Jennifer's Journal


Monday, July 23, 2012

Trivial Romance?

Writers should avoid reading reviews for their own peace of mind. And yet, like passing an accident scene on the highway, we are compelled to look. I’ve been paying attention lately because of a disturbing trend that seems to be developing. It shows up more often in customer reviews on Amazon and other similar places, but can also be found on dedicated book review sites.
The gist of it seems to be that today’s reviewer wants stories which focus solely on the relationship between hero and heroine.  They consider books that include more than this to be something other than romance novels.

They want few descriptions of setting or atmosphere as this gets in the way of what they consider to be the “meat” of the story. Accurate food, clothing, architecture or room furnishing details are seen as unnecessary.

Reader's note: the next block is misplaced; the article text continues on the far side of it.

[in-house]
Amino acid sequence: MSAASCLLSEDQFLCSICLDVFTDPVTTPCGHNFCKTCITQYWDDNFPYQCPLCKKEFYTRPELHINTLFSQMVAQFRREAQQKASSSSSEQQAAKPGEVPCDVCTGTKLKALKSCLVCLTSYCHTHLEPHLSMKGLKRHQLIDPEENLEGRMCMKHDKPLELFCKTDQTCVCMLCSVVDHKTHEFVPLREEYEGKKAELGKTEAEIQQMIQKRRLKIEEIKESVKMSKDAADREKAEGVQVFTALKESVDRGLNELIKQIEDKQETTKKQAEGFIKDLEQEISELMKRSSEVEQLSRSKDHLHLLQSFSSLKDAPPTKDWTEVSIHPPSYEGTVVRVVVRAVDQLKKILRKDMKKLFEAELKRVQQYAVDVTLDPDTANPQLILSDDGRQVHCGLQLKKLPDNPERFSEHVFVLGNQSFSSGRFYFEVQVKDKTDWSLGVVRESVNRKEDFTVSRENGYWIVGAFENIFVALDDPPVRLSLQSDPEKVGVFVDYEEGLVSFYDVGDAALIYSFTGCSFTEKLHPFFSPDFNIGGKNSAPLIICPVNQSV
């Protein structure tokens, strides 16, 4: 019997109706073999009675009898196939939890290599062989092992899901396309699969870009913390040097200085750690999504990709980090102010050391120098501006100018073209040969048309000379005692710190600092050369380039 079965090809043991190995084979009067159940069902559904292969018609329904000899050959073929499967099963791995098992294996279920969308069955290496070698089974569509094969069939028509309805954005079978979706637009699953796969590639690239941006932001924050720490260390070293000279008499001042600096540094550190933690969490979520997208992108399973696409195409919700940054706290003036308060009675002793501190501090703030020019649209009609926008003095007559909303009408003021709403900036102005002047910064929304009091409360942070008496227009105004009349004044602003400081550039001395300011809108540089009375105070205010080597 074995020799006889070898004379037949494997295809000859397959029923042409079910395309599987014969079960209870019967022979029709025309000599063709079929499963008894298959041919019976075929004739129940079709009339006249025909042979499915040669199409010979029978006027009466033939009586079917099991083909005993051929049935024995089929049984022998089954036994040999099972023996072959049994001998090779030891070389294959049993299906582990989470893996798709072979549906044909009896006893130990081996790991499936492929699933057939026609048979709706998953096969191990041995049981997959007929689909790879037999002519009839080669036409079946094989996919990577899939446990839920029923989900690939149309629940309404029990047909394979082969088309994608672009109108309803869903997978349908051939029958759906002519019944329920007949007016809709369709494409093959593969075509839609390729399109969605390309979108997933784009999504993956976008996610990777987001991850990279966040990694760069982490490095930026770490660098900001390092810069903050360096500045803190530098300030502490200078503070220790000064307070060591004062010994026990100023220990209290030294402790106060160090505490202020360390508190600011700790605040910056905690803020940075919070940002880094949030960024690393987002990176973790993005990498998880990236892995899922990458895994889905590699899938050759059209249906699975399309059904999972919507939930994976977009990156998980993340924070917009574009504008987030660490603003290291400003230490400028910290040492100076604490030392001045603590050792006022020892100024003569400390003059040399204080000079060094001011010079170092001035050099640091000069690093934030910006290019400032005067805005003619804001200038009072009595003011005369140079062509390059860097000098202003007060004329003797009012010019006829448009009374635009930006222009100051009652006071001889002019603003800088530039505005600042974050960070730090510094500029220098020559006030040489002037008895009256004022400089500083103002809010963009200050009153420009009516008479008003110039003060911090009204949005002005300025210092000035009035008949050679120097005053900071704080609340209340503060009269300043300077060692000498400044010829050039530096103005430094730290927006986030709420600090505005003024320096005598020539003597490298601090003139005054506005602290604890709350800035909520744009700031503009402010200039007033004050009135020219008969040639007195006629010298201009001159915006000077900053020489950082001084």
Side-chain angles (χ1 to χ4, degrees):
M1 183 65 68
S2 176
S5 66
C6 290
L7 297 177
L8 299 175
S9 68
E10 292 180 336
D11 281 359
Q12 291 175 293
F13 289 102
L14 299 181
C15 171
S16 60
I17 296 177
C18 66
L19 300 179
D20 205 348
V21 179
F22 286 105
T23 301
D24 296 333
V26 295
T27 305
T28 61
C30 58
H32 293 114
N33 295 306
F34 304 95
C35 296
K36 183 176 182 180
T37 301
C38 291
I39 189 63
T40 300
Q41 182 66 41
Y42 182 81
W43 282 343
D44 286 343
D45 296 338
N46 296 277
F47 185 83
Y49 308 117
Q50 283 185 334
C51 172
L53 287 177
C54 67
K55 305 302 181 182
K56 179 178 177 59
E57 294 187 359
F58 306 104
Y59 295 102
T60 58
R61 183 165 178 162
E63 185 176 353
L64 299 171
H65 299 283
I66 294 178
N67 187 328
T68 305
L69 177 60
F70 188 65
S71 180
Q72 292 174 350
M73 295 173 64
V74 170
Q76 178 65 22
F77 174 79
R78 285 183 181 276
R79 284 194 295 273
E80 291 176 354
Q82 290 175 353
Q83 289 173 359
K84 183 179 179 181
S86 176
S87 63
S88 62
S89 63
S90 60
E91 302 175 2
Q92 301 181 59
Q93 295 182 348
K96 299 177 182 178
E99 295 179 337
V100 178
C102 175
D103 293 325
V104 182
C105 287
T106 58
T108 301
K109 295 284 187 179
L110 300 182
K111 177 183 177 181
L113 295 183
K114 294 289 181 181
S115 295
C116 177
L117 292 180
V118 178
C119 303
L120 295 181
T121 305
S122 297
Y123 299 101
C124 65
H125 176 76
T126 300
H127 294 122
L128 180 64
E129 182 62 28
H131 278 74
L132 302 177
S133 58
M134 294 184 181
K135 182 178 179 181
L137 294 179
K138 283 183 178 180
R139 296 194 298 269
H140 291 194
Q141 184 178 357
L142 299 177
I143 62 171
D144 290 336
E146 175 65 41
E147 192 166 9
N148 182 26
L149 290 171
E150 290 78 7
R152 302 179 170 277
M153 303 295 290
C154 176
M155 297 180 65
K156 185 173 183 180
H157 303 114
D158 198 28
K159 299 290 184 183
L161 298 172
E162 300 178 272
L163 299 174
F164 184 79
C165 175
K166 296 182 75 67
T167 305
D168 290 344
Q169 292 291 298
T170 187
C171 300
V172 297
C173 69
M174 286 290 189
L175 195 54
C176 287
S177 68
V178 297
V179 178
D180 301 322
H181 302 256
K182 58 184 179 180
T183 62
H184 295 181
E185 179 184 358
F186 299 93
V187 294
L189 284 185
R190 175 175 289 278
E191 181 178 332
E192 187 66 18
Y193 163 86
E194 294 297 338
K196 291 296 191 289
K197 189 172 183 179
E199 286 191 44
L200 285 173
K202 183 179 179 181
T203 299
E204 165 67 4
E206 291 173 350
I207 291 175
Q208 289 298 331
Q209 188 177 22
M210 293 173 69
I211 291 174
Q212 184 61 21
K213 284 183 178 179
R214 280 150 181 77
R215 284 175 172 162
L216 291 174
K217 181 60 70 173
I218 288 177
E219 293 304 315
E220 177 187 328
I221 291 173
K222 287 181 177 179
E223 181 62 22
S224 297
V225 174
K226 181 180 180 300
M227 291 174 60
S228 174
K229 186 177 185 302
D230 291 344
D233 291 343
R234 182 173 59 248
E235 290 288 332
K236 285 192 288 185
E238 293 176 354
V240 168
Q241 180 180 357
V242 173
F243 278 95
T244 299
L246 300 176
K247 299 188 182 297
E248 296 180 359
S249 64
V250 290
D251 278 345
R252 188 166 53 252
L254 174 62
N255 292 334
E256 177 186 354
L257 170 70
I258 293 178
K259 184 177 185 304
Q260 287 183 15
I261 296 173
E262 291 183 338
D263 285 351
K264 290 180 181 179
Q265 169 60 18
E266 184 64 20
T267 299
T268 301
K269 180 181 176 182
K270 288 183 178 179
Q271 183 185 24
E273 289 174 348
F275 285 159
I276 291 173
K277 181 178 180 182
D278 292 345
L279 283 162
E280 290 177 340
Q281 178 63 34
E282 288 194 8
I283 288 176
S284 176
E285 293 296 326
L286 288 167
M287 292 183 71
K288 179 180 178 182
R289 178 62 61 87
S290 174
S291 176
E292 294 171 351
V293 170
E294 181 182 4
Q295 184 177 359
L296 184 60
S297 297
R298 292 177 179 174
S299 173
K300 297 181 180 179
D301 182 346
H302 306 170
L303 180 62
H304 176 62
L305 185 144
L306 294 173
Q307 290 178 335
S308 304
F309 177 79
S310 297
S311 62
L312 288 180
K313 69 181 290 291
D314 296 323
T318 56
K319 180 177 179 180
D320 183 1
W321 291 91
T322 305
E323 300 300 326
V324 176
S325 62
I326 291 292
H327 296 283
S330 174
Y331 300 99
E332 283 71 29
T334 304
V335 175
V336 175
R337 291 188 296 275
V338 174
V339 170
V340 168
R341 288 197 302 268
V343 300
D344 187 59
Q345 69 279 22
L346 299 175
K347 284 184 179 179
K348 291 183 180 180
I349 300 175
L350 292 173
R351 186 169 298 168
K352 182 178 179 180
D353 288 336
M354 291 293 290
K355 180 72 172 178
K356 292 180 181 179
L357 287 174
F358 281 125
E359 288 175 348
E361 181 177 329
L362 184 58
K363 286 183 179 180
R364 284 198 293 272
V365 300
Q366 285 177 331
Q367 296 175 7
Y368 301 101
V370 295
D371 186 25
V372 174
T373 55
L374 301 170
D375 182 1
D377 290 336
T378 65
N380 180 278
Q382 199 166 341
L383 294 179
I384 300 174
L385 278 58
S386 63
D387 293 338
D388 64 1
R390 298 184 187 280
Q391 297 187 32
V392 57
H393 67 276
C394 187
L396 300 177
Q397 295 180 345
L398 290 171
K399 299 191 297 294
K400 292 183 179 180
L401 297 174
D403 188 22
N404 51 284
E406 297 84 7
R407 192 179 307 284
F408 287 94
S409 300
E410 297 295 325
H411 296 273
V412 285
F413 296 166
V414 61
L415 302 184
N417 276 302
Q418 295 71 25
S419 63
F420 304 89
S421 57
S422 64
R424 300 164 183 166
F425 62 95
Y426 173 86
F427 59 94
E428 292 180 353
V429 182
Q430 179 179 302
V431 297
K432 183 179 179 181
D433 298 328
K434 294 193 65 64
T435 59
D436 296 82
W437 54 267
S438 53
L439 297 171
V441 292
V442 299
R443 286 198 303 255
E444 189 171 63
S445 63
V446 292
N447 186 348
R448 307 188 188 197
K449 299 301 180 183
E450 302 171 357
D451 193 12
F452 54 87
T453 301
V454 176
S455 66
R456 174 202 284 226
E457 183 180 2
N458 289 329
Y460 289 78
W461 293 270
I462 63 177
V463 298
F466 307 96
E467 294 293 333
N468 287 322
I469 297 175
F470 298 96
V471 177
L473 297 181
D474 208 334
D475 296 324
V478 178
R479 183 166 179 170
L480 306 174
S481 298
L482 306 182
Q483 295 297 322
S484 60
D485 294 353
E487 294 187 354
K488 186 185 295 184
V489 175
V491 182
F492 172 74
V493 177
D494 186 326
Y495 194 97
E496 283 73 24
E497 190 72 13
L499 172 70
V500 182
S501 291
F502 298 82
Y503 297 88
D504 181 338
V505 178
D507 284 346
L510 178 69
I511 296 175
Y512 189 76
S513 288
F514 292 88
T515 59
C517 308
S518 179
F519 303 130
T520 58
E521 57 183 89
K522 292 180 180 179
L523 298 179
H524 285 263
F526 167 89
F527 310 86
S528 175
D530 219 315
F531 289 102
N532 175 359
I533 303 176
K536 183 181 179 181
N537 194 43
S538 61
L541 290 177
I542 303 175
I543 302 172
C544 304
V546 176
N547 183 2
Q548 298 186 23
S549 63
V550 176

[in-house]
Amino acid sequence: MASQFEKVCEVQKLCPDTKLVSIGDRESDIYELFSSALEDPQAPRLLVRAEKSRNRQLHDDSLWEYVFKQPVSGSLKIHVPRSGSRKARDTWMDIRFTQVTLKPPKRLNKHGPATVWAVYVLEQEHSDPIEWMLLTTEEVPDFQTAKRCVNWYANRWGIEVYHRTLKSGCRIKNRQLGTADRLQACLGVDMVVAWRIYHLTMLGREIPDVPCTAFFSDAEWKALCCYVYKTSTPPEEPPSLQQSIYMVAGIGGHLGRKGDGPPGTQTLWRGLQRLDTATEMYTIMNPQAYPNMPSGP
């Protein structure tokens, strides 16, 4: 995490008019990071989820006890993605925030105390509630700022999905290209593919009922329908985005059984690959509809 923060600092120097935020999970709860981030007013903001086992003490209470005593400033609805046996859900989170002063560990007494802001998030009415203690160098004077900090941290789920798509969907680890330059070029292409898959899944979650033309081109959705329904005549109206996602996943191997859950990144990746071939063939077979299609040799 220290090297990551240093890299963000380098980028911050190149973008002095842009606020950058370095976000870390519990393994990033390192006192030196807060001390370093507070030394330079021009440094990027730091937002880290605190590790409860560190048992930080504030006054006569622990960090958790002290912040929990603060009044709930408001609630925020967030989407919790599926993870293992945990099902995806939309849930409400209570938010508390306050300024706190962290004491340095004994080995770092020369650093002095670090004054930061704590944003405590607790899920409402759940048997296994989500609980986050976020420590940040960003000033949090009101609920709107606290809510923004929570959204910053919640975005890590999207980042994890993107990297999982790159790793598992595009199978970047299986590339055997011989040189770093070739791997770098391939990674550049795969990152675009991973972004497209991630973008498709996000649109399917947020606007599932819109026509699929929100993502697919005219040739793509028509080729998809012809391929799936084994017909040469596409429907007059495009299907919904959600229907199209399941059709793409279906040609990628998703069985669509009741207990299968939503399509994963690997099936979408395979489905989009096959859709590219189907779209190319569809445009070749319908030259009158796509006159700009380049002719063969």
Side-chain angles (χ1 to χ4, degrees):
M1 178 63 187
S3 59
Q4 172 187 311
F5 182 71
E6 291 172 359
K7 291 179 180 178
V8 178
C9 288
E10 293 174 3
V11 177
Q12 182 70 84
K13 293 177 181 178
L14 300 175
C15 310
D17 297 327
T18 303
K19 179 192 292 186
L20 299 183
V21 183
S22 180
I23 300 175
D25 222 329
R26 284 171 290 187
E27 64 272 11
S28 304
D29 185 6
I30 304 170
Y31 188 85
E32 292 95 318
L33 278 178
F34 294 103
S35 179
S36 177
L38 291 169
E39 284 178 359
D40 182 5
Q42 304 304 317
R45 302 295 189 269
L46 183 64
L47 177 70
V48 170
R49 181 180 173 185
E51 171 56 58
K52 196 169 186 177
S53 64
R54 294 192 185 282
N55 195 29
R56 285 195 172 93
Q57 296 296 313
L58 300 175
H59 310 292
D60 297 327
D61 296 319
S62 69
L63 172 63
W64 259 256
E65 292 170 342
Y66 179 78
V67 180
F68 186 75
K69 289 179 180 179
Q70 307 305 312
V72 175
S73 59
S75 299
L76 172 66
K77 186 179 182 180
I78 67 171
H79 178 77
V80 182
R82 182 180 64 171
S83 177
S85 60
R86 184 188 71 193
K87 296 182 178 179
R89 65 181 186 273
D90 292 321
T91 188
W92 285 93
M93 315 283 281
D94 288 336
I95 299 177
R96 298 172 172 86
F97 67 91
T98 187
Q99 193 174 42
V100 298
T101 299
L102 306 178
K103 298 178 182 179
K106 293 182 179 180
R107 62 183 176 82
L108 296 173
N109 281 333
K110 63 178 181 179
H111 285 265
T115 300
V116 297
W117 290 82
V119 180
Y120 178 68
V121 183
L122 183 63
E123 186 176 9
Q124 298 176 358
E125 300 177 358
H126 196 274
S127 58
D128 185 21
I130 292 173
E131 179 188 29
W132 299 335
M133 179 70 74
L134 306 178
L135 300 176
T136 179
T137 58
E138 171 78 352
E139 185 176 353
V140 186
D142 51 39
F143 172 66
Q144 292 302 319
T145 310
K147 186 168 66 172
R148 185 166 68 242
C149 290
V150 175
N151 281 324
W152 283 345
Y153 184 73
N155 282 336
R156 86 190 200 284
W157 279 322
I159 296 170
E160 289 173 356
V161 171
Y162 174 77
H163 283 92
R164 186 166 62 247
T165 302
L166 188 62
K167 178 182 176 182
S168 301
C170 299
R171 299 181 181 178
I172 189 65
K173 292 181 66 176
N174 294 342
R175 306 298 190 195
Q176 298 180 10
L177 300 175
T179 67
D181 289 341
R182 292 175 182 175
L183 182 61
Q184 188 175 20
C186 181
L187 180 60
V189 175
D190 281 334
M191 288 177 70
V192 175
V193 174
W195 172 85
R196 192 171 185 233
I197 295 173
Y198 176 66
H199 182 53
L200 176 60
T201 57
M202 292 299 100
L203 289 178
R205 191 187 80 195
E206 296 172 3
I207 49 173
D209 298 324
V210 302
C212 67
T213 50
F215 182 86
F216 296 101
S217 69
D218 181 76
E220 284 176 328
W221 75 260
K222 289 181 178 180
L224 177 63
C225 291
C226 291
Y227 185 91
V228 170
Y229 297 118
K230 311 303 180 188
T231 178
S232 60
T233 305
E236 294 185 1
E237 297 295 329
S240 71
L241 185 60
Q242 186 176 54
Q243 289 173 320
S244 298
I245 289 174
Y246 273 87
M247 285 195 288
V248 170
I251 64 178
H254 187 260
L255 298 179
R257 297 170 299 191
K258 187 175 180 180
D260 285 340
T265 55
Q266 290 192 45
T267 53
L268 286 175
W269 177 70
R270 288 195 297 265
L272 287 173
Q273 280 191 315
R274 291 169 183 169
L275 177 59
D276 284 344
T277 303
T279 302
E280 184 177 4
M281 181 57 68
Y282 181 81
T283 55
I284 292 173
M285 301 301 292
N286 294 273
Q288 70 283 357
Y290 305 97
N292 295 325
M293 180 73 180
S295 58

They dislike secondary plots as these take up pages that might be utilized for give and take between hero and heroine.
They don’t want secondary characters unless they further the relationship between the two main characters and/or provide comic relief.
The logical and timely development of the male-female relationship with its attendant sensual tension is not enough. They expect immediate sexual activity, no matter how unlikely that might be within the context of the story or the given personalities of the hero and heroine.

They don’t want explanations of historical events in their historical romances. Never mind that the story plot would make little sense without this background.

Also in historicals, they demand proactive, modern-thinking heroines regardless of the social dictates of the times or likely consequences of inappropriate, even stupid, action.
They object to violence in any form, and have little taste for controversy or anything that might require concentrated thought.

They have scant appreciation for theme and often fail to understand the concept. Many seem to have the mistaken notion that theme and story situation are synonymous.